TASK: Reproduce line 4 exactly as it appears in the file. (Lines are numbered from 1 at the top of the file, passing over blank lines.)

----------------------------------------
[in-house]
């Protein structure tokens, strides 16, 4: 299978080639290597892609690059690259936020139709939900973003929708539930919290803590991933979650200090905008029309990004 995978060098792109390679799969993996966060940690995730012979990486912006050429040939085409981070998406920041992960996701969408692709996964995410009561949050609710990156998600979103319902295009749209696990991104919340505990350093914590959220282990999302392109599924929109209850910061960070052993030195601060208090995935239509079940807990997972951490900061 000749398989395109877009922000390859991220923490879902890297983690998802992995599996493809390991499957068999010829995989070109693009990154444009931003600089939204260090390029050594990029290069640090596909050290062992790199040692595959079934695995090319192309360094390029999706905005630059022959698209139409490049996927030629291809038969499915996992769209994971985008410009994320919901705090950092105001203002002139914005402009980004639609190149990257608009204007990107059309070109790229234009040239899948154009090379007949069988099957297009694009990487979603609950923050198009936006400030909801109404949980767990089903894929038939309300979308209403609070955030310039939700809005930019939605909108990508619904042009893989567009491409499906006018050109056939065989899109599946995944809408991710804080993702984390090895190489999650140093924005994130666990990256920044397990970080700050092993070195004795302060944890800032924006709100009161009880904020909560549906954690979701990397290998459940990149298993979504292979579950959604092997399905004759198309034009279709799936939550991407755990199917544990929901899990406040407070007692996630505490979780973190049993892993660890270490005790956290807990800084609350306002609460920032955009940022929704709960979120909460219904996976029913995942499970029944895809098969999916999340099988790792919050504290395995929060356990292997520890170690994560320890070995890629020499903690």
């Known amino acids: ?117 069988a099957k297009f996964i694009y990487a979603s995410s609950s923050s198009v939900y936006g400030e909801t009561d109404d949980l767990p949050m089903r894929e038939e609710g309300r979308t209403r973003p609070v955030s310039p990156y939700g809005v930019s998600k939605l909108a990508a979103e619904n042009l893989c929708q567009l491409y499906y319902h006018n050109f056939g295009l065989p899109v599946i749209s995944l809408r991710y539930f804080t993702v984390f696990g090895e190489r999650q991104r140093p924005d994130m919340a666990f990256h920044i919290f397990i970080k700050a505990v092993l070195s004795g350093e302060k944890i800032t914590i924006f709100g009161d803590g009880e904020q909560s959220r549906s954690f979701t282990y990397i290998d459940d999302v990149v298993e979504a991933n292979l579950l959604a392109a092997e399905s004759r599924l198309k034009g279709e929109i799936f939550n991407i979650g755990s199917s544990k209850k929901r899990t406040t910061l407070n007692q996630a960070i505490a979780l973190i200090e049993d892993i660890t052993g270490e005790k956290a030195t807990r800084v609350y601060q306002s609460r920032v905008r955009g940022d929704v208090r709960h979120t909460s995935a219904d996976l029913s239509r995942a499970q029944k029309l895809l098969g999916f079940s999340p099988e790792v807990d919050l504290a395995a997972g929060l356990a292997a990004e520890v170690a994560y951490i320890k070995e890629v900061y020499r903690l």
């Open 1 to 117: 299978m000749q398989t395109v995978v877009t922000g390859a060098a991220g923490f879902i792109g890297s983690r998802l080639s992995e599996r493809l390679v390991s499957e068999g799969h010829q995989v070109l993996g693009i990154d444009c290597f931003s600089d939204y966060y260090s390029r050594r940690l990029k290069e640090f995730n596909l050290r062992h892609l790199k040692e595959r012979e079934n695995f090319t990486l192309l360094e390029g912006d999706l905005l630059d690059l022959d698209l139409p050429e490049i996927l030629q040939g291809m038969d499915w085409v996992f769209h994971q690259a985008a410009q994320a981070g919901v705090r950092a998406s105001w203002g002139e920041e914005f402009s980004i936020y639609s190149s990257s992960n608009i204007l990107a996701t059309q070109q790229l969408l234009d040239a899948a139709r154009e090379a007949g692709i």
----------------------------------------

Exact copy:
């Open 1 to 117: 299978m000749q398989t395109v995978v877009t922000g390859a060098a991220g923490f879902i792109g890297s983690r998802l080639s992995e599996r493809l390679v390991s499957e068999g799969h010829q995989v070109l993996g693009i990154d444009c290597f931003s600089d939204y966060y260090s390029r050594r940690l990029k290069e640090f995730n596909l050290r062992h892609l790199k040692e595959r012979e079934n695995f090319t990486l192309l360094e390029g912006d999706l905005l630059d690059l022959d698209l139409p050429e490049i996927l030629q040939g291809m038969d499915w085409v996992f769209h994971q690259a985008a410009q994320a981070g919901v705090r950092a998406s105001w203002g002139e920041e914005f402009s980004i936020y639609s190149s990257s992960n608009i204007l990107a996701t059309q070109q790229l969408l234009d040239a899948a139709r154009e090379a007949g692709i």